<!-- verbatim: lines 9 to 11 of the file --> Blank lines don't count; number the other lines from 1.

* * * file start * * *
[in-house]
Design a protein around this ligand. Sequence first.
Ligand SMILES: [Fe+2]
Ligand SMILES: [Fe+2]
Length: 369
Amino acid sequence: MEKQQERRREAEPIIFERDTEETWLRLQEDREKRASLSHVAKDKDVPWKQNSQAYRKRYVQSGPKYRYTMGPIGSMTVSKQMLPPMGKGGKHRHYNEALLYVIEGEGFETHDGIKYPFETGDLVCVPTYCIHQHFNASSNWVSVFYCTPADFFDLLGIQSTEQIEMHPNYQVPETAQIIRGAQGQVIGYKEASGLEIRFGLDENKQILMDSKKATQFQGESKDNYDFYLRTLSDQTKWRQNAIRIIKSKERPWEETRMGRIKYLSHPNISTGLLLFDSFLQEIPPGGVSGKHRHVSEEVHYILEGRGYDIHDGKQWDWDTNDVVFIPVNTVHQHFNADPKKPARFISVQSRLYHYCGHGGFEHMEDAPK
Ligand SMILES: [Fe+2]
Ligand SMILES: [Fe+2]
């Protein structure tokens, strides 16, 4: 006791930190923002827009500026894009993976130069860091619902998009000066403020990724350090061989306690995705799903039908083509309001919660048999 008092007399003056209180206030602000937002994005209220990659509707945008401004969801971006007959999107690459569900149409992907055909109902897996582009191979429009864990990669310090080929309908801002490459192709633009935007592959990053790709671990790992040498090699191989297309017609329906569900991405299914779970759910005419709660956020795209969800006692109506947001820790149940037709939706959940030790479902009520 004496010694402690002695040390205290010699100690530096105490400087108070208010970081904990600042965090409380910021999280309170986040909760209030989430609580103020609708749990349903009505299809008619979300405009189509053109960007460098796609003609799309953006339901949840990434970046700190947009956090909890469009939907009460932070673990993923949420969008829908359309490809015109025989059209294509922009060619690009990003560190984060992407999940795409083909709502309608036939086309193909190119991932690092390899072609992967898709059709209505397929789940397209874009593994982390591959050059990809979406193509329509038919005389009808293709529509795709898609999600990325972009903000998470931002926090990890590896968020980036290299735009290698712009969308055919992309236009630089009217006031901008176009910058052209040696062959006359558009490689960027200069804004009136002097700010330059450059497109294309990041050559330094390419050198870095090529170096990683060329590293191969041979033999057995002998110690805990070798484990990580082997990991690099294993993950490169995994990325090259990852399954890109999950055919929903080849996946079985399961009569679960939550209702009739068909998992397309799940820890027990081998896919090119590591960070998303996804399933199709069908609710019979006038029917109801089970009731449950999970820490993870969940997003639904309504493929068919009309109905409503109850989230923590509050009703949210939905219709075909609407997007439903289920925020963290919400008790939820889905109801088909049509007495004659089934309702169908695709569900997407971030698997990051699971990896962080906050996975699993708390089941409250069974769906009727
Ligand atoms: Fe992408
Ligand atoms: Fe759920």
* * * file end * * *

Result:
């Protein structure tokens, strides 16, 4: 006791930190923002827009500026894009993976130069860091619902998009000066403020990724350090061989306690995705799903039908083509309001919660048999 008092007399003056209180206030602000937002994005209220990659509707945008401004969801971006007959999107690459569900149409992907055909109902897996582009191979429009864990990669310090080929309908801002490459192709633009935007592959990053790709671990790992040498090699191989297309017609329906569900991405299914779970759910005419709660956020795209969800006692109506947001820790149940037709939706959940030790479902009520 004496010694402690002695040390205290010699100690530096105490400087108070208010970081904990600042965090409380910021999280309170986040909760209030989430609580103020609708749990349903009505299809008619979300405009189509053109960007460098796609003609799309953006339901949840990434970046700190947009956090909890469009939907009460932070673990993923949420969008829908359309490809015109025989059209294509922009060619690009990003560190984060992407999940795409083909709502309608036939086309193909190119991932690092390899072609992967898709059709209505397929789940397209874009593994982390591959050059990809979406193509329509038919005389009808293709529509795709898609999600990325972009903000998470931002926090990890590896968020980036290299735009290698712009969308055919992309236009630089009217006031901008176009910058052209040696062959006359558009490689960027200069804004009136002097700010330059450059497109294309990041050559330094390419050198870095090529170096990683060329590293191969041979033999057995002998110690805990070798484990990580082997990991690099294993993950490169995994990325090259990852399954890109999950055919929903080849996946079985399961009569679960939550209702009739068909998992397309799940820890027990081998896919090119590591960070998303996804399933199709069908609710019979006038029917109801089970009731449950999970820490993870969940997003639904309504493929068919009309109905409503109850989230923590509050009703949210939905219709075909609407997007439903289920925020963290919400008790939820889905109801088909049509007495004659089934309702169908695709569900997407971030698997990051699971990896962080906050996975699993708390089941409250069974769906009727
Ligand atoms: Fe992408
Ligand atoms: Fe759920």